Alif the Unseen

Excerpted from the novel by G. Willow Wilson
By G. WILLOW WILSON  |  August 14, 2012


Alif sat on the cement ledge of his bedroom window, basking in the sun of a hot September. The light was refracted by his lashes. When he looked through them, the world became a pixelated frieze of blue and white. Staring too long in this unfocused way caused a sharp pain in his forehead, and he would look down again, watching shadows bloom behind his eyelids. Near his foot lay a thin chrome-screened smartphone — pirated, though whether it came west from China or east from America he did not know. He didn't mess with phones. Another hack had set this one up for him, bypassing the encryption installed by whatever telecom giant monopolized its patent. It displayed the fourteen text messages he had sent to Intisar over the past two weeks, at a self-disciplined rate of one per day. All went unanswered.

He gazed at the smartphone through half-closed eyes. If he fell asleep, she would call. He would wake up with a jerk as the phone rang, sending it inadvertently over the ledge into the little courtyard below, forcing him to rush downstairs and search for it among the jasmine bushes. These small misfortunes might prevent a larger one: the possibility that she might not call at all.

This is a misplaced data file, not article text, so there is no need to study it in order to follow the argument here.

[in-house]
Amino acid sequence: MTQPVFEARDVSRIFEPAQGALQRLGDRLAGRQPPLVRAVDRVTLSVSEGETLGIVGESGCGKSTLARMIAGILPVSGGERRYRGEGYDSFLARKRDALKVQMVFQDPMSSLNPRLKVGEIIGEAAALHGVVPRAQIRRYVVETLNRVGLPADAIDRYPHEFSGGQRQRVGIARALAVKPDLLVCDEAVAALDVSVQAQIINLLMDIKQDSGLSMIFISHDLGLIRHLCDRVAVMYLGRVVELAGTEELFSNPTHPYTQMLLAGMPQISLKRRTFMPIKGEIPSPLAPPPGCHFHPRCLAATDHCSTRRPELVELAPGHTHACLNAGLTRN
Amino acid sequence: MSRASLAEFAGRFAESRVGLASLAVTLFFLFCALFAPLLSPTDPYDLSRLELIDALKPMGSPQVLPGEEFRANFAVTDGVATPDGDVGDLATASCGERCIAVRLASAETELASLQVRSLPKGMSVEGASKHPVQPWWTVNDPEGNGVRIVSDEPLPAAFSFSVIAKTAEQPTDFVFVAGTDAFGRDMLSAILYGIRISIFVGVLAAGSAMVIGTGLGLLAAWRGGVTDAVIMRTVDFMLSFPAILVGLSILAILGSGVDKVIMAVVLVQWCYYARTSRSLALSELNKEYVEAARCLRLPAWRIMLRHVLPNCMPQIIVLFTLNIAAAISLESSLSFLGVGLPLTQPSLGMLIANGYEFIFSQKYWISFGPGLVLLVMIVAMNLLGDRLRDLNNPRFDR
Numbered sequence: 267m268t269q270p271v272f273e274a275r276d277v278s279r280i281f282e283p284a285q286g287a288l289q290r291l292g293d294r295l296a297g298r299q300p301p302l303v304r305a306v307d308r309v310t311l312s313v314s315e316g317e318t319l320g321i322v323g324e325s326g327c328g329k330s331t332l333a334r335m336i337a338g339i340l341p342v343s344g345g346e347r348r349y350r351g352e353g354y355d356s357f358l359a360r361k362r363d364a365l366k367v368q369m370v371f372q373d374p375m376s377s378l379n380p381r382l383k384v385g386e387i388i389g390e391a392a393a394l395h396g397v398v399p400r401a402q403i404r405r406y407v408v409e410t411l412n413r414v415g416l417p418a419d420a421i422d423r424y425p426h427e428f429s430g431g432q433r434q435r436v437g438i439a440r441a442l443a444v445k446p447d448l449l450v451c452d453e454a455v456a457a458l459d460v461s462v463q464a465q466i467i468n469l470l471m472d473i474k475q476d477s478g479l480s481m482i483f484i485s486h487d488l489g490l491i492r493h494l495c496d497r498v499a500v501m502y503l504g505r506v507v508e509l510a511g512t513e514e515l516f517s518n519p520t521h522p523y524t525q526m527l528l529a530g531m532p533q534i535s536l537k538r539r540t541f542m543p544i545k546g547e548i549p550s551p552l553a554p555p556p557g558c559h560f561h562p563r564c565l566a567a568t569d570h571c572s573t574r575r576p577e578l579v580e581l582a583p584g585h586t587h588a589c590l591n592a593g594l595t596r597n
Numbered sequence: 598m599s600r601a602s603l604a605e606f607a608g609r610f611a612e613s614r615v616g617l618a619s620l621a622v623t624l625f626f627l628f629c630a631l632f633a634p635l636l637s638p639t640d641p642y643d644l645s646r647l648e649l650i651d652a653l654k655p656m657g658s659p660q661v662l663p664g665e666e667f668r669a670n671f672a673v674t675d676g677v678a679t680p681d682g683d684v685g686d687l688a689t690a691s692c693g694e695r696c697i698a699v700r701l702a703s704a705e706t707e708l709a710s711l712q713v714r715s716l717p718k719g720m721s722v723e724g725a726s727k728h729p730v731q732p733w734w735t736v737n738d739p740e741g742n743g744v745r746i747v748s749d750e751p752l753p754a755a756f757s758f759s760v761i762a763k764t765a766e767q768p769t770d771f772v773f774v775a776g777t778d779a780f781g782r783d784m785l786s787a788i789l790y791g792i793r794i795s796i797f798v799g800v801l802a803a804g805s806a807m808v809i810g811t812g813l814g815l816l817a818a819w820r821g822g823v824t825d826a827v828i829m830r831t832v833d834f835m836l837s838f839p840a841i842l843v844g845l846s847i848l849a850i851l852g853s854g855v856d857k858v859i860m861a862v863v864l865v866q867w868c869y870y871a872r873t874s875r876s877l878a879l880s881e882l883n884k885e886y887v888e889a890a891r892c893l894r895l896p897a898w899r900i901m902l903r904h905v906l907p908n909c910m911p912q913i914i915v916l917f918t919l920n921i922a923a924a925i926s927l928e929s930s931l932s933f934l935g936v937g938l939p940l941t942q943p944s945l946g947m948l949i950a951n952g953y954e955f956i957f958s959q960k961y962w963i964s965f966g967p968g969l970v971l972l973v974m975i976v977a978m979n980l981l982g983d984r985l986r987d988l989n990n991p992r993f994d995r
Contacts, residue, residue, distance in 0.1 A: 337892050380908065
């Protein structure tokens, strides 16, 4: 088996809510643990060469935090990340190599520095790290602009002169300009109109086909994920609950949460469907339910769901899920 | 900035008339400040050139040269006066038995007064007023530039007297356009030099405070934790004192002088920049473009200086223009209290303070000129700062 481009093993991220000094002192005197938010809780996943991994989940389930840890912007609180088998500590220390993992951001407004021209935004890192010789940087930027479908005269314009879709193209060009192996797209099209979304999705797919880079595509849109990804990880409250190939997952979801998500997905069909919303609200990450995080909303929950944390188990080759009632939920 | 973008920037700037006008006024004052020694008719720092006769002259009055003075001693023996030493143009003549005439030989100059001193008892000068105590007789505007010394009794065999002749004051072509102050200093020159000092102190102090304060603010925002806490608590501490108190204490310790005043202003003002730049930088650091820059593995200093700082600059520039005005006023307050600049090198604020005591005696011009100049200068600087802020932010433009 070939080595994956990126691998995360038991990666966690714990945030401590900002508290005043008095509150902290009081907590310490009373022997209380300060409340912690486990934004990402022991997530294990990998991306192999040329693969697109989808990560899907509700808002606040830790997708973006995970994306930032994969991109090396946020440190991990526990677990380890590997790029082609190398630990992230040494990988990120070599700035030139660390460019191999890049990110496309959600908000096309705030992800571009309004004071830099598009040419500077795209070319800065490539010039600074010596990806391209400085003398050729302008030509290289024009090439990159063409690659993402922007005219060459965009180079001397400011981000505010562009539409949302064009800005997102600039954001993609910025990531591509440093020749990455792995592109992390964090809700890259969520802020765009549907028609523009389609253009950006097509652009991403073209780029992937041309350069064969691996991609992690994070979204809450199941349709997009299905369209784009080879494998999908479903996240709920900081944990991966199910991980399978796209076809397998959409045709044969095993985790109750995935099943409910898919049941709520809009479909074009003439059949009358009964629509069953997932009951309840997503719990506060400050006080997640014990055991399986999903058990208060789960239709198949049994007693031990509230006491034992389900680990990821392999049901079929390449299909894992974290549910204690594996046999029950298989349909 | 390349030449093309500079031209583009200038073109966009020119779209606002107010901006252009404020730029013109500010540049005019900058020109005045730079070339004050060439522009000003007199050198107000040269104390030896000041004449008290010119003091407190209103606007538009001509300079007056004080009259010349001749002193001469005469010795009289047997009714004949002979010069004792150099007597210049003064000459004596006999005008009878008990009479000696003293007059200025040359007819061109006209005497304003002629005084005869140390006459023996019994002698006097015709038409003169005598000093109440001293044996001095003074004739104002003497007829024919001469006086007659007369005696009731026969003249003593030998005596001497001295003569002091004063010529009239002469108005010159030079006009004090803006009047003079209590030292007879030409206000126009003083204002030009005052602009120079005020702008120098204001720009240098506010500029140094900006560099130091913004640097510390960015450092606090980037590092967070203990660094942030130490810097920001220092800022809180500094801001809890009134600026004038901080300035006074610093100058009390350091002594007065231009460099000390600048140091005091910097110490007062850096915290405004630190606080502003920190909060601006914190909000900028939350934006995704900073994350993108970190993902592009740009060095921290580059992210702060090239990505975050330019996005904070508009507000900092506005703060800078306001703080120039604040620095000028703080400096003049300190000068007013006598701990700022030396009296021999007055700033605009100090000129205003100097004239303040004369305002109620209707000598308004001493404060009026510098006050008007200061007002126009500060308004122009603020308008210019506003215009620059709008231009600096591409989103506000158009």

"The law of entropy," he said to the phone. It glinted in the sun. Below him, the black-and-orange cat that had been hunting beetles in their courtyard for as long as he could remember came nipping across the baked ground, lifting her pink-soled paws high to cool them. When he called to her she gave an irritated warble and slunk beneath a jasmine bush.

"Too hot for cat or man," said Alif. He yawned and tasted metal. The air was thick and oily, like the exhalation of some great machine. It invaded rather than relieved the lungs and, in combina-tion with the heat, produced an instinctive panic. Intisar once told him that the City hates her inhabitants and tries to suffocate them. She — for Intisar insisted the City was female — remembers a time when purer thoughts bred purer air: the reign of Sheikh Abdel Sab-bour, who tried so valiantly to stave off the encroaching Europeans; the dawn of Jamat Al Basheera, the great university; and earlier, the summer courts of Pari-Nef, Onieri, Bes. She has had kinder names than the one she bears now. Islamized by a jinn-saint, or so the story goes, she sits at a crossroads between the earthly world and the Empty Quarter, the domain of ghouls and effrit who can take the shapes of beasts. If not for the blessings of the jinn-saint entombed beneath the mosque at Al Basheera, who heard the mes-sage of the Prophet and wept, the City might be as overrun with hidden folk as it is with tourists and oil men.

I almost think you believe that, Alif had said to Intisar.

Of course I believe it, said Intisar. The tomb is real enough. You can visit it on Fridays. The jinn-saint's turban is sitting right on top.

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